Wednesday, October 17, 2007

Hyphens Eliminated

A discussion was generated recently based on this post about grammar, and I corrected the spelling of "nitpicking" to "nit-picking," at the suggestion of a commenter.

Update from NYTimes: The Shorter Oxford English Dictionary, the scaled-down, two-volume version of the mammoth 20-volume O.E.D., just got a little shorter. With the dispatch of a waiter flicking away flyspecks, the editor, Angus Stevenson, eliminated some 16,000 hyphens from the 6th edition, published last month.

I'm not sure if the hyphen was elminated from "nit-picking," but chances are pretty good that it was one of the 16,000?....


At 10/18/2007 7:29 AM, Anonymous Anonymous said...

I think hyphens depend on the usage of the word(s). When used as an adjective, use the hyphen (e.g., "get your nit-picking hands off of me"). When used as a noun or a verb, you remove the hyphen (e.g.,” he is a nitpicker" or "the professor is nitpicking my paper apart").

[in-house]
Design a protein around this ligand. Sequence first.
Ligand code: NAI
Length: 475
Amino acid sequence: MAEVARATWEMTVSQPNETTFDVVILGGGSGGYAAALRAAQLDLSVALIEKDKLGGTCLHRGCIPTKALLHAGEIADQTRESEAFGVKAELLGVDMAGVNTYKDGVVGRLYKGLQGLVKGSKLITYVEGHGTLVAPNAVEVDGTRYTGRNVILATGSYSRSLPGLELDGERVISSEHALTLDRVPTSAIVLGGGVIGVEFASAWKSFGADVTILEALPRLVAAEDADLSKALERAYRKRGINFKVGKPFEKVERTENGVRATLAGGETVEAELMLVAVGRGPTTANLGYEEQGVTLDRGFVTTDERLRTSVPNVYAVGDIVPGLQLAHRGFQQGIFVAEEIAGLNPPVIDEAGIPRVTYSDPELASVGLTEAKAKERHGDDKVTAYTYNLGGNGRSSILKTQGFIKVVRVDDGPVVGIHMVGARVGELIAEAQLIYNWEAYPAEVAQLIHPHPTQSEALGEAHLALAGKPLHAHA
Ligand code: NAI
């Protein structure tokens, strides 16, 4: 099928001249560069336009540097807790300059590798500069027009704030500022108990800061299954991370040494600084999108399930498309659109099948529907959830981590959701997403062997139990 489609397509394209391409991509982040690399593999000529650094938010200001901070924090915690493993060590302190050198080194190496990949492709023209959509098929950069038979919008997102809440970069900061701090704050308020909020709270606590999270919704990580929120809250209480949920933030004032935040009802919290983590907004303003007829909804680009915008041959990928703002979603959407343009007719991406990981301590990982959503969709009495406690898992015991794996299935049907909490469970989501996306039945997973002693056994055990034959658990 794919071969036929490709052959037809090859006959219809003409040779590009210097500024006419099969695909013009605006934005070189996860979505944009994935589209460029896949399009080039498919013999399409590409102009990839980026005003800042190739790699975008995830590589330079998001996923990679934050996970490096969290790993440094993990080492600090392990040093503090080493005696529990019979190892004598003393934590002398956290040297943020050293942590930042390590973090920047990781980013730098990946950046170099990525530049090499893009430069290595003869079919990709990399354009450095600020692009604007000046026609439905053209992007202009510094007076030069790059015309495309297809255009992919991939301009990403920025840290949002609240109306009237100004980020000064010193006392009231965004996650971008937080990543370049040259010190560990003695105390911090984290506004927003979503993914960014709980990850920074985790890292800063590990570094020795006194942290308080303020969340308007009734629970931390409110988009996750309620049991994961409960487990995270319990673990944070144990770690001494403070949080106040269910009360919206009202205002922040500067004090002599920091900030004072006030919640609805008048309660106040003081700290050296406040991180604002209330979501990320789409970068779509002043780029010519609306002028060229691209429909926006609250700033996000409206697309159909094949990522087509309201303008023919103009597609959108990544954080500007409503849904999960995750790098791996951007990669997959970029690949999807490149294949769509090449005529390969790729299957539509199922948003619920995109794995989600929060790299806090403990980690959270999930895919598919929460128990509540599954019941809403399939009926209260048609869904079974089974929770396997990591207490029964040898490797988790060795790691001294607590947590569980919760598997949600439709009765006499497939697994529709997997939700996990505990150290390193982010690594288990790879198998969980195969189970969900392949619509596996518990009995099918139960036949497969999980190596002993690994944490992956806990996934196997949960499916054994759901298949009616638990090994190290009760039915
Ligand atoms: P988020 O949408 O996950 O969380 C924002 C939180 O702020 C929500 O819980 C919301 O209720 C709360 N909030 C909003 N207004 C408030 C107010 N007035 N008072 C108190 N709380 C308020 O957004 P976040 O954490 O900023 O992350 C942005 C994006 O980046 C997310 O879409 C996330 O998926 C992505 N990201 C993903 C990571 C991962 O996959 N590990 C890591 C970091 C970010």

I might be wrong, but that's how I treat many hyphenated words when I write, or when I proofread and edit other people's material.

At 10/18/2007 11:37 AM, Anonymous Anonymous said...

From Strunk and White, I believe Strunk's rule-of-thumb (just kidding) is to omit the hyphen as long as the words can stand alone.

At 10/18/2007 4:35 PM, Blogger . said...

"These are British hyphens, hyphens as unnecessary and uninteresting as they are un-American, hyphens that link adjectives to the nouns they modify. The Brits get all worried that you might think a dressing gown is a gown that is dressing, and so they write dressing-gown to make it clear that it's a gown of the dressing variety. We'd never write dressing-gown, and not only because we have the superior term bathrobe."

To read more, check out and scroll down to "Much A-do about No-thing," to enjoy a delightful read by Bill Walsh. Check out the great graphic, too.


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